JOHANNESBURG — The detection of the Omicron variant in southern Africa signals the next stage of the battle against Covid-19: getting many more people inoculated in poorer nations where vaccines have been scarcest in order to deter new mutations from developing.
But while world leaders sometimes talk about this as if it were largely a matter of delivering doses overseas, the experience of South Africa, at least, hints at a far more complex set of challenges.
Like many poor countries, South Africa was made to wait months for vaccines as wealthier countries monopolized them. Many countries still do not have anywhere near enough vaccines to inoculate their populations.
The problems have not ended as shots began arriving in greater numbers.
Neglected and underfunded public health infrastructure has slowed their delivery, especially to rural areas, where storage and staffing problems are common.
And now, there are growing signs in parts of Africa, as well as South Asia, that skepticism or outright hostility toward the Covid vaccines may run deeper than expected.
Deep distrust of governments and medical authorities, especially among rural and marginalized communities, may already be stalling out vaccination drives. The legacy of Western exploitation and medical abuses during and after colonialism is weighing heavily, too.
Misinformation circulating on social media often fills the vacuum, some of it floating in from the United States and Europe, where vaccine refusal has also been an issue.
“There’s no doubt that vaccine hesitancy is a factor in the rollout of vaccines,” said Dr. Matshidiso Moeti, the Africa director of the World Health Organization. News or rumors of potential side effects, she said, “gets picked out and talked about, and some people become afraid.”
Just days before the Omicron variant was first detected, health officials in South Africa turned away shipments of doses from Pfizer-BioNTech and Johnson & Johnson, worried that their stockpile of 16 million shots might spoil amid insufficient demand.
Though only 36 percent of South African adults are fully vaccinated, daily vaccinations have already been flatlining, according to government statistics.
It is not just South Africa.
Namibia, Zimbabwe, Mozambique and Malawi have also asked vaccine manufacturers and donors to hold off on sending more shots because they can’t use the supplies they have, according to several health officials involved in the effort to distribute vaccines to developing nations.
Research has consistently found that factors like public distrust and uneven vaccine distribution can increase vaccine hesitancy in any country. But these issues have often been more prevalent in poorer countries during the pandemic, said Dr. Saad Omer, a Yale University epidemiologist, and they have had a deeper effect.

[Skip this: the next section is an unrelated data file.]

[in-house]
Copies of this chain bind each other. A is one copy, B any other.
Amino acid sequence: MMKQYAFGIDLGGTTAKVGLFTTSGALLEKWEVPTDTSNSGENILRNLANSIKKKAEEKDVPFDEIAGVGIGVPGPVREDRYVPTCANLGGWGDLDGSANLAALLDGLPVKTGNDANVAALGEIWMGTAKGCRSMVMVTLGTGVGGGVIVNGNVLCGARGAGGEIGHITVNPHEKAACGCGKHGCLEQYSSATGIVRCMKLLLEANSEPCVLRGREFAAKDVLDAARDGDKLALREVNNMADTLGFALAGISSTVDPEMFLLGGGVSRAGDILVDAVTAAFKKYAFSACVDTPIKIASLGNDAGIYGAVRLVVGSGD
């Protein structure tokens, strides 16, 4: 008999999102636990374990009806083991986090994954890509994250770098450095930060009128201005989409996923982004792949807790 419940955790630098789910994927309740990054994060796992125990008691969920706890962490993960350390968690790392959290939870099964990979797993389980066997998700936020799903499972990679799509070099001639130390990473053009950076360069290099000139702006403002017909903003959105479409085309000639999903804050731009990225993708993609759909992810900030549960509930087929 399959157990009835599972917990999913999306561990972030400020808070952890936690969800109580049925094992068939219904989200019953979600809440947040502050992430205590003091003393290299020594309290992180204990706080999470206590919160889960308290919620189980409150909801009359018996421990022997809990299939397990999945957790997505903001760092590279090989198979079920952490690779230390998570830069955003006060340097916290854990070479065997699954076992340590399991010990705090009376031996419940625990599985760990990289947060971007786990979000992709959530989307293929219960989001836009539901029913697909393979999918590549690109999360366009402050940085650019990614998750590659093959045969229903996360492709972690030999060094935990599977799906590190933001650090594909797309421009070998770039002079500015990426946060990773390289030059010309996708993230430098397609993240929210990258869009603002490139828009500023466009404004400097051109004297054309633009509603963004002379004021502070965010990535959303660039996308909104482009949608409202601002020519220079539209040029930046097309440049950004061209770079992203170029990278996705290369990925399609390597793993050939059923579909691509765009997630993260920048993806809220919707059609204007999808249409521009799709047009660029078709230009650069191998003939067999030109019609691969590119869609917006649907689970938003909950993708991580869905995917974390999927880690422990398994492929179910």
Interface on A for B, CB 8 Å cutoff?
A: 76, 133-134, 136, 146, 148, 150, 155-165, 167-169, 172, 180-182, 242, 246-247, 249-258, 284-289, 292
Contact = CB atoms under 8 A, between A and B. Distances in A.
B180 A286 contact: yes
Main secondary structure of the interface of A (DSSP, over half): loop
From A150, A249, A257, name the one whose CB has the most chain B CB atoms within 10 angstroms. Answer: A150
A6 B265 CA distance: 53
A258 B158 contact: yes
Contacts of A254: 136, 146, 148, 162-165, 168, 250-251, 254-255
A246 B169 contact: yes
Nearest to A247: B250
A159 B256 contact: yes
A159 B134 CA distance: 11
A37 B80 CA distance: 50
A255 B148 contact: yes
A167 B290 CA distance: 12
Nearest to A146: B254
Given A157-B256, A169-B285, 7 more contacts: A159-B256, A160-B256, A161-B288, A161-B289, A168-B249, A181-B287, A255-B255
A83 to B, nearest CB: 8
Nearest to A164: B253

Public messaging campaigns and carefully orchestrated vaccine deliveries can counteract the distrust — but they are in short supply.
“Almost no investment in vaccine education or promotion has gone into low-income countries,” Dr. Omer said. “Why do we expect that all we will have to do is drop vaccines at an airport, do the photo op, and people will come running to the airport and grab the vaccine?”
Only one in four health workers in Africa are vaccinated, World Health Organization officials have said. In several countries, fewer than half say they intend to get vaccinated.
It is not a problem only for Africa.
In India, health workers have met sometimes-violent resistance in rural communities. Vaccine hesitancy rates there approach 50 percent among those who have not completed high school. In some parts of the country, more than a third of doses spoil amid the low demand.
Still, many are eager to be vaccinated. When doses first became widely available in South Africa earlier this year, a third of the country’s adults swiftly got inoculated, a pattern that is repeating elsewhere.
Experts stress that even partial uptake will slow the spread of new or existing variants. But that may not be enough to achieve the high vaccination rates needed if the world is to put the pandemic behind it.
Distrust of government and medical authorities long predate Covid in South Africa. But a series of setbacks with the vaccine rollout, as well as widespread allegations of corruption amid last year’s lockdown, have heightened public unease.
“There’s a lack of confidence in the public health system’s ability to provide vaccines,” said Chris Vick, the founder of Covid Comms, a South African nonprofit group.
The group has been holding vaccine information sessions, but overcoming skepticism is not easy. After a session in the Pretoria township of Atteridgeville, one 20-year-old who attended said she had not been persuaded.
“I think that Covid is not real,” said the young woman, Tidibatso Rakabe. “They are playing with us, politicians and everyone.”
Many say they fear side effects.
Earlier this year,…